People talk about the “politicization” of science all the time, usually in the form of an accusation designed to paint an opponent as biased or corrupt. Let’s take a moment to think about the term and what it means.
Science is a multi-layered, collective, and impersonal process consisting of three parts:
- individual scientists working under the scientific method,
- the results of the individual scientists undergo peer-review and are published for the community to evaluate, and
- important claims are then re-tested in the “crucible of science” — they are either reproduced by independent scientific groups or have their implications tested to insure consistency with the existing body of scientific knowledge.
In the end, claims repeatedly verified by the scientific community (e.g., the earth is warming, DNA is a double-helix, CFCs destroy ozone) come to be accepted as true.
Thus, someone is honestly using science if he or she articulates a position that is supported by the whole of the peer-reviewed literature (e.g., the earth is warming). Misrepresenting the peer-reviewed literature is my definition of politicizing science. That includes cherry-picking, dueling experts, or any of the myriad other methods of pushing faulty science.
A good example can be found in the last Inhofe hearing. There, Bob Carter pointed out that during the past few hundred thousand years, changes in temperature have preceded changes in carbon dioxide. Carter concluded that the relation between carbon dioxide and temperature is unclear.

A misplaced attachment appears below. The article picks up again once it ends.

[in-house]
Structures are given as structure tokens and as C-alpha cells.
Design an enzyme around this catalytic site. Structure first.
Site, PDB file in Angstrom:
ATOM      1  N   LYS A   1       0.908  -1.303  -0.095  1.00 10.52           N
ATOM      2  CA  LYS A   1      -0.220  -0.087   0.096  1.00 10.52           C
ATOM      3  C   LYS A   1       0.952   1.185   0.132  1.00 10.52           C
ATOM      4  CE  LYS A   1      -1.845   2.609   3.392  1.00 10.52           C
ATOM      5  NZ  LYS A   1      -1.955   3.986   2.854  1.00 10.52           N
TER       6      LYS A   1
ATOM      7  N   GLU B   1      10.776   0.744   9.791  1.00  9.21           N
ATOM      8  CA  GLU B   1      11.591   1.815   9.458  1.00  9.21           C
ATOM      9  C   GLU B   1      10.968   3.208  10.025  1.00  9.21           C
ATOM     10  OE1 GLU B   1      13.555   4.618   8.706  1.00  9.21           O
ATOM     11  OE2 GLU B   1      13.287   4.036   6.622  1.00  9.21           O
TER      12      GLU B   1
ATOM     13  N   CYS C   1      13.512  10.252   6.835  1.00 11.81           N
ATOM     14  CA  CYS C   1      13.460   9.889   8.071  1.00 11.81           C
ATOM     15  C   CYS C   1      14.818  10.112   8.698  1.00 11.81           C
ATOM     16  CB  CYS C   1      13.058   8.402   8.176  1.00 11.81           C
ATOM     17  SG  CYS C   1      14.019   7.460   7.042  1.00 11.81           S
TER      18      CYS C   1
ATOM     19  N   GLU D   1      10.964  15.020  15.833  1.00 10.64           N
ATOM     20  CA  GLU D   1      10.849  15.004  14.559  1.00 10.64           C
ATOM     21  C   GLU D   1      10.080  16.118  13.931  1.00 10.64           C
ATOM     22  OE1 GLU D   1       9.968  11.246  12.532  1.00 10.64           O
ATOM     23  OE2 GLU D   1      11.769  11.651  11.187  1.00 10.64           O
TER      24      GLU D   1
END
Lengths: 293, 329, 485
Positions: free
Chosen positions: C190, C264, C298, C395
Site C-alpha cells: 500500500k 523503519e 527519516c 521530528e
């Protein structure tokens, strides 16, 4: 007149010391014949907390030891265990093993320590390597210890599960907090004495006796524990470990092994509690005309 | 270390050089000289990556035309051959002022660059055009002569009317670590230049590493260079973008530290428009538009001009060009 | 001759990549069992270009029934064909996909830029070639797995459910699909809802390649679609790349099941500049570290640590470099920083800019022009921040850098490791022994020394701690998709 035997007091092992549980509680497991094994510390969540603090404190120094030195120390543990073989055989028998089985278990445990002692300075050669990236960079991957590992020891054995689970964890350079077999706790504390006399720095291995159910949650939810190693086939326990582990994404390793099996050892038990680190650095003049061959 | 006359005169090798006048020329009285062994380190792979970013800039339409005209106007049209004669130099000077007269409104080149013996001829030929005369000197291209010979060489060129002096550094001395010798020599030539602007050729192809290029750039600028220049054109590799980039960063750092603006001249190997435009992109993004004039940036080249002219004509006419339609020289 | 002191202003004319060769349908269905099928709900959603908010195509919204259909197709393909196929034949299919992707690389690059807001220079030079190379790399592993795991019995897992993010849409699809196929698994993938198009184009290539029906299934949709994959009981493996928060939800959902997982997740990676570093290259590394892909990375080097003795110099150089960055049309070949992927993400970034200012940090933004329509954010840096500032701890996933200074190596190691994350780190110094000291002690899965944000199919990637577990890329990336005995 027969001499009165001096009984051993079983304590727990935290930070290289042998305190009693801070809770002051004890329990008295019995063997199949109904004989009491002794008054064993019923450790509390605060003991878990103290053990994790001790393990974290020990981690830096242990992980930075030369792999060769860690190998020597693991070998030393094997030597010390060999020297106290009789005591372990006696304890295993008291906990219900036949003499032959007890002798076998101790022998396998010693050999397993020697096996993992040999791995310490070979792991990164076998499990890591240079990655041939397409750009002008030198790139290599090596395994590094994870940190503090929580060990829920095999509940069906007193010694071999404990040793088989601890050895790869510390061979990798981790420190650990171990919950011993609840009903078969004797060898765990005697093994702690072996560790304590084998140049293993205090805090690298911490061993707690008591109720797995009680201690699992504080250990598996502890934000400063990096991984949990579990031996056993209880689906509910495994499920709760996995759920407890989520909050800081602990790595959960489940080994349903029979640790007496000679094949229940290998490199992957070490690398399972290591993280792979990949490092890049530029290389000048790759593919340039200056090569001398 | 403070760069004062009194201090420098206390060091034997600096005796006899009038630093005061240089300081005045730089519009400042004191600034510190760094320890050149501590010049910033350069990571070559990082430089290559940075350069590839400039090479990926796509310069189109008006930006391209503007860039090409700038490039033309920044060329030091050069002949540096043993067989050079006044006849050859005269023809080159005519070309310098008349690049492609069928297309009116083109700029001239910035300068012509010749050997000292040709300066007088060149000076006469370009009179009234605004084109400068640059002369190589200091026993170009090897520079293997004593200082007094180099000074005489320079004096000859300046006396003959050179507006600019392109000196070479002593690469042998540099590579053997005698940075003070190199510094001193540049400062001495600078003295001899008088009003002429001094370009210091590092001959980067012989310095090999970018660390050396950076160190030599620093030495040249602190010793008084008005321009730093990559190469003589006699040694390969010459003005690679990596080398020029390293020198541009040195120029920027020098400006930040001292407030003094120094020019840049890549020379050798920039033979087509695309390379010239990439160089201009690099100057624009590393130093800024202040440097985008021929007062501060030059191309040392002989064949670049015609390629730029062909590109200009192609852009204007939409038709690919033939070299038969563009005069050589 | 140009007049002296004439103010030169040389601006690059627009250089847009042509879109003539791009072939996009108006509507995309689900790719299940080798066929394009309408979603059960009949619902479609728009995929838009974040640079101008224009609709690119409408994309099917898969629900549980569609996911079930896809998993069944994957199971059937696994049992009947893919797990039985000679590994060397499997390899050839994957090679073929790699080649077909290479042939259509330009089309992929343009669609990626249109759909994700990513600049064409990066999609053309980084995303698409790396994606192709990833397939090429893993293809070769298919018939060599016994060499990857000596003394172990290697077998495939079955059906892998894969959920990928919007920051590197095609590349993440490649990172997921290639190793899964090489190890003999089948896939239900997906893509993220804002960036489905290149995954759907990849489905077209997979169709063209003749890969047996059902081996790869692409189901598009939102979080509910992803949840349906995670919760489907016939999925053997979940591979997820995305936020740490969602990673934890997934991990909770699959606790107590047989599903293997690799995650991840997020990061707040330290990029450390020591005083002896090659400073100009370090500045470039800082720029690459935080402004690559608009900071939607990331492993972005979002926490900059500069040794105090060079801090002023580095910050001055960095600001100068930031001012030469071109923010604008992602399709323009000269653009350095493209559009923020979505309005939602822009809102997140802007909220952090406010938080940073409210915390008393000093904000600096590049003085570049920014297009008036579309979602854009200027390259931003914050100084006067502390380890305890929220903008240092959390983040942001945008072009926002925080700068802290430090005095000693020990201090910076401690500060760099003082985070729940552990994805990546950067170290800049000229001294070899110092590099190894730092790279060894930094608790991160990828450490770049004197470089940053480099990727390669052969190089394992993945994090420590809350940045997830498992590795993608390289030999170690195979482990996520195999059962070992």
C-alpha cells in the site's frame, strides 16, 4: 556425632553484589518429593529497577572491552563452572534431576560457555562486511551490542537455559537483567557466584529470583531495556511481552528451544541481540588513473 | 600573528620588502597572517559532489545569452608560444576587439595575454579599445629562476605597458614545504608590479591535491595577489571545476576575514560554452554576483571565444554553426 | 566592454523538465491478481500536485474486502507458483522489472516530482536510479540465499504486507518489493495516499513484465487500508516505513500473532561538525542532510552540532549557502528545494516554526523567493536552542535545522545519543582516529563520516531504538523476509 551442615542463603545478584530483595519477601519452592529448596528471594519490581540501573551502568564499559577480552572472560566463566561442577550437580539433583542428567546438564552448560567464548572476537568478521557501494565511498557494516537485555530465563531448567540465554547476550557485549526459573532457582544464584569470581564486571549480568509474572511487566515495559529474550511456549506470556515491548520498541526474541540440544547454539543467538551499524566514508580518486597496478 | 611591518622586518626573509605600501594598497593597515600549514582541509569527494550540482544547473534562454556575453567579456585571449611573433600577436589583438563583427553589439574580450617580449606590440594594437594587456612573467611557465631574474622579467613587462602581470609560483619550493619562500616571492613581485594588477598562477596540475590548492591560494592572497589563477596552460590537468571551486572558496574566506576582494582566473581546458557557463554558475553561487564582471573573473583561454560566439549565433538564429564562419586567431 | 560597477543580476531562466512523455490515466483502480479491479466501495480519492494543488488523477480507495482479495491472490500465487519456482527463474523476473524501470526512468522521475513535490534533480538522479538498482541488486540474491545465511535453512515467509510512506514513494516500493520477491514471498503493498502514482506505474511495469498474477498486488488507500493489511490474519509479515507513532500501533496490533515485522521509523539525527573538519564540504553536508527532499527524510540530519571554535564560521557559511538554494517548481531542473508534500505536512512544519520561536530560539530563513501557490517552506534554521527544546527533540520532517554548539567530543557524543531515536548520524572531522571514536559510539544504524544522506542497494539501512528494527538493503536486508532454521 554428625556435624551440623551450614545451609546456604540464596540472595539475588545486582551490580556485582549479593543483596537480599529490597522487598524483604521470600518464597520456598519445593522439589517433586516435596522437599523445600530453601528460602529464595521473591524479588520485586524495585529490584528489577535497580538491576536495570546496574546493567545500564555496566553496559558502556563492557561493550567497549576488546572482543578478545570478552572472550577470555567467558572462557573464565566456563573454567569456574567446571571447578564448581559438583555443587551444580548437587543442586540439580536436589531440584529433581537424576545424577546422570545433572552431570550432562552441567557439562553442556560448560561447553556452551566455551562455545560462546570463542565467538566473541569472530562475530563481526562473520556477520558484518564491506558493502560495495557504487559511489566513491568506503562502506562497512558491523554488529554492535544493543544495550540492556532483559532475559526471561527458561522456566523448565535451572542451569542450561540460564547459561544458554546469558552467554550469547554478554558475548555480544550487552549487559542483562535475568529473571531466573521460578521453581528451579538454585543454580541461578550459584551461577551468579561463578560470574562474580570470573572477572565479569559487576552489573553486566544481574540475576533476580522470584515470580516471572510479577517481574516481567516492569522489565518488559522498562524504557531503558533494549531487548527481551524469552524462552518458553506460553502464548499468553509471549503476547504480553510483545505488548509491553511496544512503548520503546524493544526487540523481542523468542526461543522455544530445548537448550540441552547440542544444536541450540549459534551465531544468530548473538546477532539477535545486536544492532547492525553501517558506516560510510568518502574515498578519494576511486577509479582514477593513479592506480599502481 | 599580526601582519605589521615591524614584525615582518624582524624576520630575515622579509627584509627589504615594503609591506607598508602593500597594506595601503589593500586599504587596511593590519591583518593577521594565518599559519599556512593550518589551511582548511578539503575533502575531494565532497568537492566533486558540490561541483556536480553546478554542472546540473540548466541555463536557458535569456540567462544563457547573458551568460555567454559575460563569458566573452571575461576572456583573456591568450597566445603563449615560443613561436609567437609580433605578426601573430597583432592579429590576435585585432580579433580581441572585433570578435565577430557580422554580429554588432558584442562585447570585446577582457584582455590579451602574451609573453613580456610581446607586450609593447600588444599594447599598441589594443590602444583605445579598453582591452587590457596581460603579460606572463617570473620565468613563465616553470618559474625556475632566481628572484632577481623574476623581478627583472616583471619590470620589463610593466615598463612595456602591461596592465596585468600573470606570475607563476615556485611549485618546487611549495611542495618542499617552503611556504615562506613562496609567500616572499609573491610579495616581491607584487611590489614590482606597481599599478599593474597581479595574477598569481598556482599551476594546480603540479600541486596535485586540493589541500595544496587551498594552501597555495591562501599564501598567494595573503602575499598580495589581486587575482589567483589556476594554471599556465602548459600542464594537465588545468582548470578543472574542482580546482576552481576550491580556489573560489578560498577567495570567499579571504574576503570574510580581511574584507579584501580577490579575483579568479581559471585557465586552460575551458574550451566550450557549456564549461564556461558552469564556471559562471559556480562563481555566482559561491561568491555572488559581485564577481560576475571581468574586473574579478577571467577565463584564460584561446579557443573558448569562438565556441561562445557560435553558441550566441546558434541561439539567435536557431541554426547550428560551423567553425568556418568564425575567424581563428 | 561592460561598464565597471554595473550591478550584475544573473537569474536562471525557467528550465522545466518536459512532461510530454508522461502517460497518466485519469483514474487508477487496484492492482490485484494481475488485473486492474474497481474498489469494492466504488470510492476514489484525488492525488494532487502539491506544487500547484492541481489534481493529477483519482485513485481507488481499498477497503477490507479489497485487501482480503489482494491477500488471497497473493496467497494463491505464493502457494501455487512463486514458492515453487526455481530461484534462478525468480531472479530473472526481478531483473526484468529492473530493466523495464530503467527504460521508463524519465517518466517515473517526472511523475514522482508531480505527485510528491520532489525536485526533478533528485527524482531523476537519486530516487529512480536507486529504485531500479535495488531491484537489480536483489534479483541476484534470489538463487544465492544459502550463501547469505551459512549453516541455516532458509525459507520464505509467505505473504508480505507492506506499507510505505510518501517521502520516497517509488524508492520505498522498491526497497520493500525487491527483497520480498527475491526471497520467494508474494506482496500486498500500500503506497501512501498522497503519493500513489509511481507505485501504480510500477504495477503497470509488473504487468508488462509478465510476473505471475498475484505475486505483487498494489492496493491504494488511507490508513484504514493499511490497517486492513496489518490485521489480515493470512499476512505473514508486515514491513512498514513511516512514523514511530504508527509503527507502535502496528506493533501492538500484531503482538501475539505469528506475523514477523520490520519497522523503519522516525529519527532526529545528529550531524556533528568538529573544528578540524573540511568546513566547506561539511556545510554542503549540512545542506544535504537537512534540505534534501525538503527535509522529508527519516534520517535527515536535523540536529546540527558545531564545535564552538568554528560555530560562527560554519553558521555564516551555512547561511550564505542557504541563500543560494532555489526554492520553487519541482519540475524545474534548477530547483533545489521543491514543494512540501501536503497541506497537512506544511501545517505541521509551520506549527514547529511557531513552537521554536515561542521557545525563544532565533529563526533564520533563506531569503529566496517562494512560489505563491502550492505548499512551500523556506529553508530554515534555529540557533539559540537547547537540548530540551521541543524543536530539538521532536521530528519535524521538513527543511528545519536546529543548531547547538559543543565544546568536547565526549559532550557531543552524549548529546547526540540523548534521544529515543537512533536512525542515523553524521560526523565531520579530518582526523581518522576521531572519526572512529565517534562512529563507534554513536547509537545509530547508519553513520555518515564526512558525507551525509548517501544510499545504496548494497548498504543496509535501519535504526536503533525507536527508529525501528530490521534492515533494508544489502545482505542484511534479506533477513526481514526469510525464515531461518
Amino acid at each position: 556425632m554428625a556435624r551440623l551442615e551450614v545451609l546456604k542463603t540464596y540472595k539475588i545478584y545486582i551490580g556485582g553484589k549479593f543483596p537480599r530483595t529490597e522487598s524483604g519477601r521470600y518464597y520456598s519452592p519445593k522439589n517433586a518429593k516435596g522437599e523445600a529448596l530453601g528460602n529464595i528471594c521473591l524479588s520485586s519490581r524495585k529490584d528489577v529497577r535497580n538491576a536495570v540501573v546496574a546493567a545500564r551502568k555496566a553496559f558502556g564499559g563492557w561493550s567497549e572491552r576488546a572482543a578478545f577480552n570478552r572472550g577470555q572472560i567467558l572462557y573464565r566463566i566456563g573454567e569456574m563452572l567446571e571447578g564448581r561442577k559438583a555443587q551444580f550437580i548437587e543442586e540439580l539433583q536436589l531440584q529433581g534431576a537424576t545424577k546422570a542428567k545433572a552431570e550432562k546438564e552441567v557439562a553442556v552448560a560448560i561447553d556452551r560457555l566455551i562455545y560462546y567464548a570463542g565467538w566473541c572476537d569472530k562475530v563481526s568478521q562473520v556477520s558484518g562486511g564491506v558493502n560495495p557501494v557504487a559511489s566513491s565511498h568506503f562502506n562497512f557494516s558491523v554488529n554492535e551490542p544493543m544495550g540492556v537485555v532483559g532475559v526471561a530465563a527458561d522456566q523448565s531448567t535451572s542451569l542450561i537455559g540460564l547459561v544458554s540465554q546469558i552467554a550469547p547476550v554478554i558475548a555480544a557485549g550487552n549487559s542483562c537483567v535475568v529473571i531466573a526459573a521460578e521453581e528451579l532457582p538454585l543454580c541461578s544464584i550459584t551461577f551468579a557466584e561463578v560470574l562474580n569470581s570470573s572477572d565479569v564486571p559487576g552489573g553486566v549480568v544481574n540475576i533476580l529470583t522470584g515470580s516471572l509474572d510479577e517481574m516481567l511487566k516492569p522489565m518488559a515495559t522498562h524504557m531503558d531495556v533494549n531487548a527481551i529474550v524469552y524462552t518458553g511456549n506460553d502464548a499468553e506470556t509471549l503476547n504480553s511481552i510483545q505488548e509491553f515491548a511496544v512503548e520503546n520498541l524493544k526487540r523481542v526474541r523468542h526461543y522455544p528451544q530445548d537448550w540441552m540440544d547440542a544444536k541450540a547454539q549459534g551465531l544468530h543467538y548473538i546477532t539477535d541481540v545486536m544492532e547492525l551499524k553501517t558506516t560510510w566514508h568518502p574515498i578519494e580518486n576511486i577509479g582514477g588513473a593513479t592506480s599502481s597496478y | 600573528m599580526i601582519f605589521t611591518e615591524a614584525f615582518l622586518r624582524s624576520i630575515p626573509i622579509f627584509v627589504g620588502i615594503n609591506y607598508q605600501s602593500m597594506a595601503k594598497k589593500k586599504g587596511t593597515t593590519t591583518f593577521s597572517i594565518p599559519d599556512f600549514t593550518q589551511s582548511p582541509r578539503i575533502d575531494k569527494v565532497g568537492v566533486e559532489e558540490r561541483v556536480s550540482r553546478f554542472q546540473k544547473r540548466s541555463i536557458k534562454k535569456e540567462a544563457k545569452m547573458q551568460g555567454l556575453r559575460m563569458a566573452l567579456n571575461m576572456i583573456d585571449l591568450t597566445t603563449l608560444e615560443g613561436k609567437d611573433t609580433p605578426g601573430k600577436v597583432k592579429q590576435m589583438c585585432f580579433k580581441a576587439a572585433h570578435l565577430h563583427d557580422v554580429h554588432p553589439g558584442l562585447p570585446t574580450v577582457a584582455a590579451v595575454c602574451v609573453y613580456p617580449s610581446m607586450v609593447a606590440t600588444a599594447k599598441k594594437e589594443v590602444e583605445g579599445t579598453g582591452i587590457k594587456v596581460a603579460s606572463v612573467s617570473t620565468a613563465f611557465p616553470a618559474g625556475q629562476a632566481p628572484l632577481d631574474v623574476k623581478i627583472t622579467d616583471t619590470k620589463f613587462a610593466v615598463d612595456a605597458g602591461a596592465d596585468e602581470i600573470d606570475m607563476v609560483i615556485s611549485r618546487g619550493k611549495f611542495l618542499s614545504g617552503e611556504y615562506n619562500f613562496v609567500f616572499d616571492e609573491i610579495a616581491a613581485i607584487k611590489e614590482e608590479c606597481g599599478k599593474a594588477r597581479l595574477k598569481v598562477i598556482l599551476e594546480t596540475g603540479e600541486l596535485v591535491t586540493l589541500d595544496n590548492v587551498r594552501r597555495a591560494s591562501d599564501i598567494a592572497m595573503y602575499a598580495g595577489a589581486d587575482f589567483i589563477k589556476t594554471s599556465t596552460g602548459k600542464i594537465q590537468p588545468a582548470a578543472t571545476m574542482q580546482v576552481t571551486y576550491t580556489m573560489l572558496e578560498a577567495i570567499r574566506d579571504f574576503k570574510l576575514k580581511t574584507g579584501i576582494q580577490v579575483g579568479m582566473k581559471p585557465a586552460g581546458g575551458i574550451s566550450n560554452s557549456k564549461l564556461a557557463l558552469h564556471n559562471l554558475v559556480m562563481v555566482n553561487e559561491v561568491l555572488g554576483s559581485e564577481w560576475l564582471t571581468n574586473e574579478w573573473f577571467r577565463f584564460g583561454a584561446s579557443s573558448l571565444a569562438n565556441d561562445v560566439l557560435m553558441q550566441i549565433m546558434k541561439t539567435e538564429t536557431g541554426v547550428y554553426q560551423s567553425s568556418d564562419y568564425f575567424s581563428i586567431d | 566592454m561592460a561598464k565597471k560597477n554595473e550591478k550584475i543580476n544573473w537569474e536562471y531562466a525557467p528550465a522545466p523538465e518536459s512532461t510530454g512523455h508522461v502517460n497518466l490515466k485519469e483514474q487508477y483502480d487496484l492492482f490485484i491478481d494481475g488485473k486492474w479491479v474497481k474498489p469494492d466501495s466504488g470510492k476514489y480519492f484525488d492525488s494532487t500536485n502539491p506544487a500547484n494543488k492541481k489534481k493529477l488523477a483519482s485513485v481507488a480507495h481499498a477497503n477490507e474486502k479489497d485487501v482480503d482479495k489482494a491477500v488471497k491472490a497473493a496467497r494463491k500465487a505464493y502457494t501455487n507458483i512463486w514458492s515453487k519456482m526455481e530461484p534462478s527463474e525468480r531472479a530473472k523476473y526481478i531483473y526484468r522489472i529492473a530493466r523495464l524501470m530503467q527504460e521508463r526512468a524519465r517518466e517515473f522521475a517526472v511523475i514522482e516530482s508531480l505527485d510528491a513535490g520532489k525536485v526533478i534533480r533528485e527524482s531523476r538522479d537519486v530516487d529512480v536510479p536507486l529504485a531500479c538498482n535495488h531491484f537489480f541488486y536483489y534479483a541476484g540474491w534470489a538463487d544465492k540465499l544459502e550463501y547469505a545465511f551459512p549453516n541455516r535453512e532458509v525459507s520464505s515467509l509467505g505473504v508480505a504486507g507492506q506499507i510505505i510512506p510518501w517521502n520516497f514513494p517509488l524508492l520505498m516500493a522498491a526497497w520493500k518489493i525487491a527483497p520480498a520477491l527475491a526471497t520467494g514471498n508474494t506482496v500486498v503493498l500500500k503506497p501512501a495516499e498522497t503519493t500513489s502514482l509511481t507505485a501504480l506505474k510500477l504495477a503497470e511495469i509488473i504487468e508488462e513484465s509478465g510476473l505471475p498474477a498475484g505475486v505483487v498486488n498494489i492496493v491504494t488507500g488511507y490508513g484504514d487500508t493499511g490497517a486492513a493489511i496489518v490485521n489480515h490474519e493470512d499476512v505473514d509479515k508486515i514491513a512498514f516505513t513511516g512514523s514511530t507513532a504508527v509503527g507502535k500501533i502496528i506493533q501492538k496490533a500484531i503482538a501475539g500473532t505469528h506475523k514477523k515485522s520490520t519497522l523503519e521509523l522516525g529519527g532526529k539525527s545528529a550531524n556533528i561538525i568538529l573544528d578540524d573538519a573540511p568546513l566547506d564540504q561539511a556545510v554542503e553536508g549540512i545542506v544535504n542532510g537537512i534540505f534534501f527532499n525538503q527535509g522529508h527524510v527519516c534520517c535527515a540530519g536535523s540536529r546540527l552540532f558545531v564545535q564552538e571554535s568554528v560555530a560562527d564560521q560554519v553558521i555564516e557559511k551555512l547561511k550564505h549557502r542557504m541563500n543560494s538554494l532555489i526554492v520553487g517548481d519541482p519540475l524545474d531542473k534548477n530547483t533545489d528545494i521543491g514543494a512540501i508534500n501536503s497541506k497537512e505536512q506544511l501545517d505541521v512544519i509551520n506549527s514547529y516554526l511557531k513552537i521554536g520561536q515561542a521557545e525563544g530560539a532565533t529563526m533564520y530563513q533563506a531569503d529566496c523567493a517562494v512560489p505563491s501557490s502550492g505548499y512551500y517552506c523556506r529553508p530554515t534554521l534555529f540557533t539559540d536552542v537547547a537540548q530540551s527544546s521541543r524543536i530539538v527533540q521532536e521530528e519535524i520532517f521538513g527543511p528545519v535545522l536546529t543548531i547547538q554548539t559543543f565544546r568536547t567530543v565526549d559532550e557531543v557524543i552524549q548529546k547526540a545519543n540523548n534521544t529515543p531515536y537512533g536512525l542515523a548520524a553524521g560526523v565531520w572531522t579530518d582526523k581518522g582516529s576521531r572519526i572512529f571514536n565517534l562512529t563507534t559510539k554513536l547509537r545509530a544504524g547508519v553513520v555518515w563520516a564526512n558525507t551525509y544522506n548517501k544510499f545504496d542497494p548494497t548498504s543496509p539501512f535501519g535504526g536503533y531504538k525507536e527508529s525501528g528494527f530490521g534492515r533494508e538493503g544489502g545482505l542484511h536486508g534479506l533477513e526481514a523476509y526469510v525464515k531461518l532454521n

This is hogwash, of course. While Carter is correct that temperature changes precede CO2 changes, this is well understood and in no way undermines the idea that increasing CO2 will lead to global warming. By presenting a misleading account of this physical phenomenon, Carter is acting to politicize science.
The best way to avoid cherry-picking and other methods of distortion is to stick with scientific assessments. Assessments on climate (by the IPCC) are written by teams of scientists and are designed to reflect the underlying peer-reviewed literature. The reports are then peer reviewed themselves by other scientists. In this way, they are as free of bias as any document can reasonably hope to be. In the end, they are the gold standard of what we know about the climate and how confidently we know it. To the extent that “truth” about climate exists anywhere, it exists here.